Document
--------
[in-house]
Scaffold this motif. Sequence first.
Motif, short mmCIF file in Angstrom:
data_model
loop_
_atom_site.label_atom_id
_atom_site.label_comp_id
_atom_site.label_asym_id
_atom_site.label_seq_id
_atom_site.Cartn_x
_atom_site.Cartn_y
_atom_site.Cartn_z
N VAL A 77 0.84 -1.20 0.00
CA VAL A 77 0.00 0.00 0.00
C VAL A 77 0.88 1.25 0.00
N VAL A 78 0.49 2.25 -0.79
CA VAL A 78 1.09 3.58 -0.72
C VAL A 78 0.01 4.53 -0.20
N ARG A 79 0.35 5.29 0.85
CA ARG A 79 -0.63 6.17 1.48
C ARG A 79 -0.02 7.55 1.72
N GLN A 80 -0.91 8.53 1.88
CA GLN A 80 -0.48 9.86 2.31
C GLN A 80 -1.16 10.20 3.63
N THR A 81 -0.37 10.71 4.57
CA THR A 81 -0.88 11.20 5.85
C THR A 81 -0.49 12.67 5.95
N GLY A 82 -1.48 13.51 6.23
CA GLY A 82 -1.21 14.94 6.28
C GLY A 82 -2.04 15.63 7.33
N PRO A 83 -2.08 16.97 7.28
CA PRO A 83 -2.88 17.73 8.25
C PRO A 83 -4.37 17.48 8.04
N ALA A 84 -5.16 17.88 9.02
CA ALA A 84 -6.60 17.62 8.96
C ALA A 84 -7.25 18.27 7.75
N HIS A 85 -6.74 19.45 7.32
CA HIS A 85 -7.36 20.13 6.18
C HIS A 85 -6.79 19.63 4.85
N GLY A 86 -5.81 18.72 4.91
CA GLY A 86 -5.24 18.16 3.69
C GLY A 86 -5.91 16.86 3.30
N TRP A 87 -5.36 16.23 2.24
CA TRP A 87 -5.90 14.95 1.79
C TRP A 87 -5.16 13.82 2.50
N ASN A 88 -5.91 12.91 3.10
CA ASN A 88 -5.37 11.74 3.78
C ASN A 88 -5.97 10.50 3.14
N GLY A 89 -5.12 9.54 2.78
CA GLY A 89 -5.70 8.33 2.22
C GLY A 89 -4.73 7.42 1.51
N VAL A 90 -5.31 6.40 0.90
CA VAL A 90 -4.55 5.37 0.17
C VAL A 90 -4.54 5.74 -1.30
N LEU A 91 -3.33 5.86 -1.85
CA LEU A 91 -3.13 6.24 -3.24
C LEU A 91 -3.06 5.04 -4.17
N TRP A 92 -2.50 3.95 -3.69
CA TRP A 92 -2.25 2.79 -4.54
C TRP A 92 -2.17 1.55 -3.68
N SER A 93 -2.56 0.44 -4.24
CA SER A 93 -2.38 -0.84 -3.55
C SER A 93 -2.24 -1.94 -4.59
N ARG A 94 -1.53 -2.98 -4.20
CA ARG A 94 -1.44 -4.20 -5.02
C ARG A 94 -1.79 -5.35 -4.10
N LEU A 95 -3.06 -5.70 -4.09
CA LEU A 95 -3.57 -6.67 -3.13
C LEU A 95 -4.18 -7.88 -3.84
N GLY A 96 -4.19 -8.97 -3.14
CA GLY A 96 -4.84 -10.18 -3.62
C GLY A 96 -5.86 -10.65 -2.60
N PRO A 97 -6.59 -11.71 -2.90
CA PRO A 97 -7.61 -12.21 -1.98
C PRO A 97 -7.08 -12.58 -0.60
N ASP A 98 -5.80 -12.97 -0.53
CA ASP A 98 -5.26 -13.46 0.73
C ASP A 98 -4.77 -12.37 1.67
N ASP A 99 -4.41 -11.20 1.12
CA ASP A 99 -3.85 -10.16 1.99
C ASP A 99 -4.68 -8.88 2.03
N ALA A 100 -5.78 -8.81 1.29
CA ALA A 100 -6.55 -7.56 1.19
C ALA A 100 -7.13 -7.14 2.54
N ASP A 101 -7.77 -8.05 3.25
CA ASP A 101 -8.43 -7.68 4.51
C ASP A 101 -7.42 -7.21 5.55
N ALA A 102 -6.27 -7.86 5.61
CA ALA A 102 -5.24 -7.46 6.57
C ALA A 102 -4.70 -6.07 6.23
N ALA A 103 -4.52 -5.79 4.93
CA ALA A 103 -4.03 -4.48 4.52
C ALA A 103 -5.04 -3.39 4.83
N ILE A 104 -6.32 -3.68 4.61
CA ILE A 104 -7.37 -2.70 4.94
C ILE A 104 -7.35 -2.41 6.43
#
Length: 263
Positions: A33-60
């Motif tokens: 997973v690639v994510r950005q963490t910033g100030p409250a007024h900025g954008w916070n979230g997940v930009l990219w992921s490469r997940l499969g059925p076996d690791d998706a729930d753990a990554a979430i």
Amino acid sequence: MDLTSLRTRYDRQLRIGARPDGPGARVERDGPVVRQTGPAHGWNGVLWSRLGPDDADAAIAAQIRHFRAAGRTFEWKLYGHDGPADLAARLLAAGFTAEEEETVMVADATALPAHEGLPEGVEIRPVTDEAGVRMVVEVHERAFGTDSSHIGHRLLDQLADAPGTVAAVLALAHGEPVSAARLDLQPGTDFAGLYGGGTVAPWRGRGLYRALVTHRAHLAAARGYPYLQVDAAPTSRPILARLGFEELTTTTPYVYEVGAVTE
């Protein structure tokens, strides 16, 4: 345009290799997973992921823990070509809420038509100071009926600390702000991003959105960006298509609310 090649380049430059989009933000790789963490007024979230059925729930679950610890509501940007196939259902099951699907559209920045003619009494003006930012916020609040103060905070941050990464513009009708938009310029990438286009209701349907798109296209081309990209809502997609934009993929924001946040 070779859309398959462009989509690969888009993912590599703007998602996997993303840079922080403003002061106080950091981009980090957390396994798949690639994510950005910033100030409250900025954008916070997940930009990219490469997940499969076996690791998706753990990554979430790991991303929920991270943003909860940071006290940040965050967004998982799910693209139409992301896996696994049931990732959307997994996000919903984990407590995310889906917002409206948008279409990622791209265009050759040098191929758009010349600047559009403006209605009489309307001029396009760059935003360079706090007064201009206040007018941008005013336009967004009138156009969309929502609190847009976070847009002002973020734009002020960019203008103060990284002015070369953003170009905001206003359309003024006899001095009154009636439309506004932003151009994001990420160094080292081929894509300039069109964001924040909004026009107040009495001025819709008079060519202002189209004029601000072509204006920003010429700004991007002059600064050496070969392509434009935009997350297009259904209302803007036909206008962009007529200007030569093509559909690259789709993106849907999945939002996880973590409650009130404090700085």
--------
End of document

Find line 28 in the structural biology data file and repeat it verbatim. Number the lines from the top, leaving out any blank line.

N GLY A 82 -1.48 13.51 6.23